Last year we wrote about Lot-ek’s recycled airplane fuselage library and got a ton of interest from people who appreciated the architects’ creative reuse of old planes. Well, it turns out that Lot-ek has another recycled airplane project for an education facility- check out this reclaimed aeronautical stunner. Using a 60-foot-long section of a Boeing 747 plane, Lot-Ek’s Student Pavilion at the University of Washington in Seattle turns fuselage into function.
The plane section is placed on a sloping site overlooking Lake Union. The Pavilion provides space for both work and play, and is supported mid-air by a steel pipe cradle system, providing access to the interior via a steel ramp. Despite the inherently rigid nature of the interior space, Lot-Ek proposed a flexible seating system that makes the space multi-functional and surprisingly comfortable. While the raw structural qualities of the fuselage are highlighted (its aluminum rib cage and metal grated floor), the rotating floor/seating systems adapts to accommodate three different positions/needs: floor, bench, and lounge.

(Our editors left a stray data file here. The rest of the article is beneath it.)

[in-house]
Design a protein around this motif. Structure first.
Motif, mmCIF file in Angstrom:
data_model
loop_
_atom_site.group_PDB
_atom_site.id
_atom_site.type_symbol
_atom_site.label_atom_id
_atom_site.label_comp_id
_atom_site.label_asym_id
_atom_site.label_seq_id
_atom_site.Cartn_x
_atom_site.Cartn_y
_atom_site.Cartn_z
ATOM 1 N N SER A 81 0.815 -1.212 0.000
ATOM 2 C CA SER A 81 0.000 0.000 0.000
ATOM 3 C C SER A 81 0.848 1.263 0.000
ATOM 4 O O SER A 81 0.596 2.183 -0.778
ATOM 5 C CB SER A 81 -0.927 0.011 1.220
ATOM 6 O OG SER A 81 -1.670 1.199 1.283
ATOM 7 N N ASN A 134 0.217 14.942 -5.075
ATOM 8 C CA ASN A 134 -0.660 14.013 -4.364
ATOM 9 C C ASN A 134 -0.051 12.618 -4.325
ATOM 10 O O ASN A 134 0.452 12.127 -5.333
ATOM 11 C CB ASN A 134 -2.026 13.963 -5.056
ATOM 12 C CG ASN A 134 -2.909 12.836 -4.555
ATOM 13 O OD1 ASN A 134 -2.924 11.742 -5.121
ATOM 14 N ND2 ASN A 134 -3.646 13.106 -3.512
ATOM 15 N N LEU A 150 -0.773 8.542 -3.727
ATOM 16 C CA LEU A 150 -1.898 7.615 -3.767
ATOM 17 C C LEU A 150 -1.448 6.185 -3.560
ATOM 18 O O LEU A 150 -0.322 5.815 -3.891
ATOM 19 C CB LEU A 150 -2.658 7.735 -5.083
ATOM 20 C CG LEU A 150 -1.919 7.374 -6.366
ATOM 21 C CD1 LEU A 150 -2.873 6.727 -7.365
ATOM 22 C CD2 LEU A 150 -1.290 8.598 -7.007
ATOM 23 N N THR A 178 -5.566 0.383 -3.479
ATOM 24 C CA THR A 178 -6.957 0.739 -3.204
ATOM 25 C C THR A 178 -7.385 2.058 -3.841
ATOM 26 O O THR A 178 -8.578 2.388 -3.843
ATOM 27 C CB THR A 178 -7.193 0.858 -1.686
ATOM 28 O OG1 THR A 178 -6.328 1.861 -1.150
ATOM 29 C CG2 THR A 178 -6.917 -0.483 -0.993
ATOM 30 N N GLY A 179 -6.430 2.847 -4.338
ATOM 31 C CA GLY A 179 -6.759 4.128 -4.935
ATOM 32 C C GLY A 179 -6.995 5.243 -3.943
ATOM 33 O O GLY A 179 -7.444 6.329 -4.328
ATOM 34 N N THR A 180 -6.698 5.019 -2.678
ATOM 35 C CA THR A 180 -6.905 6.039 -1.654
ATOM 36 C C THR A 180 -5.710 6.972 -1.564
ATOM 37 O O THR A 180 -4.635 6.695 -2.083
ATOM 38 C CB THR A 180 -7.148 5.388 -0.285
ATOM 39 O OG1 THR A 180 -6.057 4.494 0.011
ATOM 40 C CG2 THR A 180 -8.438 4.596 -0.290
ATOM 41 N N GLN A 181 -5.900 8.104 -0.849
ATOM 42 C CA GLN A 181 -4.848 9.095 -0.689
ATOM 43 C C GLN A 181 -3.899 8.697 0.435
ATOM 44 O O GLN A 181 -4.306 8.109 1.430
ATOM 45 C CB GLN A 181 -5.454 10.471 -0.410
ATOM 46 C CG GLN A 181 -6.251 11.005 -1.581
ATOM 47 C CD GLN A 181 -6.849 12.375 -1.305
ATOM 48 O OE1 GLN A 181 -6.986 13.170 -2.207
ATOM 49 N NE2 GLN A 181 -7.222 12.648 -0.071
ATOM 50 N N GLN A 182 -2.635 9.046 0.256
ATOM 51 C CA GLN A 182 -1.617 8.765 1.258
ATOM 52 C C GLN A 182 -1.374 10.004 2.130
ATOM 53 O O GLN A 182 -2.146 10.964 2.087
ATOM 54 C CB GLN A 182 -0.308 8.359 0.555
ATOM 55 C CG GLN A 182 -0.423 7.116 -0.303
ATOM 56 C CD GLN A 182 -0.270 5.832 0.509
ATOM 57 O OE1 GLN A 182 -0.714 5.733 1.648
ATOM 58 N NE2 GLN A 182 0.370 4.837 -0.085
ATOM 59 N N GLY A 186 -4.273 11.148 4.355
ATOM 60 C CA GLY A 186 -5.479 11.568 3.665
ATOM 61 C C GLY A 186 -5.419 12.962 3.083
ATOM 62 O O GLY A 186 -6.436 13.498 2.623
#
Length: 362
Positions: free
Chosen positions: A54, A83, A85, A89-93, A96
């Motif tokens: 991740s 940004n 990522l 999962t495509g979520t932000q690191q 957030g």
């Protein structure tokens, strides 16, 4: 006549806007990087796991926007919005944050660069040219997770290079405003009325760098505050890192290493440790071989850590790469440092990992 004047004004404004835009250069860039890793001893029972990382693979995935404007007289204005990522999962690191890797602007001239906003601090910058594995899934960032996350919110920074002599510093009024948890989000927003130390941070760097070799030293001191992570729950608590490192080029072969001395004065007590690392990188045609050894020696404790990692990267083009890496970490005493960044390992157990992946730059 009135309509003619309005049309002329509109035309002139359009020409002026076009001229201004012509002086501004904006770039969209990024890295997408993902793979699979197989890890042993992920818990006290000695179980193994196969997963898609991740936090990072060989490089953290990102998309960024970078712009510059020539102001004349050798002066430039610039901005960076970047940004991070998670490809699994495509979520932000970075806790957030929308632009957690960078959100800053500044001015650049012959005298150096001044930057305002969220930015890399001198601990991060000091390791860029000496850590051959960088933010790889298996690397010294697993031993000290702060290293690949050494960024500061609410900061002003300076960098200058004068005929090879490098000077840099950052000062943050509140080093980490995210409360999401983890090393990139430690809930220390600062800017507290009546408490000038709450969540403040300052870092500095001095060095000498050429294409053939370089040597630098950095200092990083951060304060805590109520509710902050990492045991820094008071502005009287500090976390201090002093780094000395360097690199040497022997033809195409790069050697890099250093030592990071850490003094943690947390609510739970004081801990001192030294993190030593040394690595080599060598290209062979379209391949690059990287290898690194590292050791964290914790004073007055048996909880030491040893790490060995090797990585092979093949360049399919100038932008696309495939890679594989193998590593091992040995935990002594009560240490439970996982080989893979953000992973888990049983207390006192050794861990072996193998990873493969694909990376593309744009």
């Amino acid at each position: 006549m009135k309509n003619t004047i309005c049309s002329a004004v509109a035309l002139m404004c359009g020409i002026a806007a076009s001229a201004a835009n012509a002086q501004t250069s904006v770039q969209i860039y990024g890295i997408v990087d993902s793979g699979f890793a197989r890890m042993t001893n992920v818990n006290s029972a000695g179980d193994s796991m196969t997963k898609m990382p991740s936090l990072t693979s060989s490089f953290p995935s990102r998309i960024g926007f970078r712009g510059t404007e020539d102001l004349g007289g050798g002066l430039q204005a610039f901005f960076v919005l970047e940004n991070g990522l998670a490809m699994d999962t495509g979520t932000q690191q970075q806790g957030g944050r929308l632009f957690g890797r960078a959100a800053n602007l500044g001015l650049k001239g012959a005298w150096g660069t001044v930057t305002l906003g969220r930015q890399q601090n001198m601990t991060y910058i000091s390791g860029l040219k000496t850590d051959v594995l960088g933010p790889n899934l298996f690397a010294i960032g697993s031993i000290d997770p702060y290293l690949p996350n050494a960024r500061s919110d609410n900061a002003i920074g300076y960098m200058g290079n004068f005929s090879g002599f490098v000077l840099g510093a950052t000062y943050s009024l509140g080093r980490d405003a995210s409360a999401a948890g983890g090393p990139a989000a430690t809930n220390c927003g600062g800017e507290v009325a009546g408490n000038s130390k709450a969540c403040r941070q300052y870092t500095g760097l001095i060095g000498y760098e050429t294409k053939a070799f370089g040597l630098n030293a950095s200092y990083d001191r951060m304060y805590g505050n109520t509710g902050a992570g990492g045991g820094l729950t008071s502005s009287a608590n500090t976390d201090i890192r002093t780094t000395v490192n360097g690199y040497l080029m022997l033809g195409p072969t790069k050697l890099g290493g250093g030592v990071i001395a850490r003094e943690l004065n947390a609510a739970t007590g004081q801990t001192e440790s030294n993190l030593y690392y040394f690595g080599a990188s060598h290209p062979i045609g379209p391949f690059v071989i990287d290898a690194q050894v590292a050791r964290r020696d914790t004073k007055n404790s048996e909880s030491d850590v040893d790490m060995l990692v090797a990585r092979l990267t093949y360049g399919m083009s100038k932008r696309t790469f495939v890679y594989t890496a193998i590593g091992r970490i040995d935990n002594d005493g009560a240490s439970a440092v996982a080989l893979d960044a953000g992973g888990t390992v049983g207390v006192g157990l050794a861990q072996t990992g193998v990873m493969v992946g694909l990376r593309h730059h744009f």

This flexibility is ideal for a student gathering space, allowing every activity from lectures and parties to performances and movie screenings. Adding to the entertainment possibilities, the Pavilion is networked with Ethernet connections, and integrated projection screens can be pulled down along the perimeter of the entire fuselage, transforming the space into a “face-to-face” theater.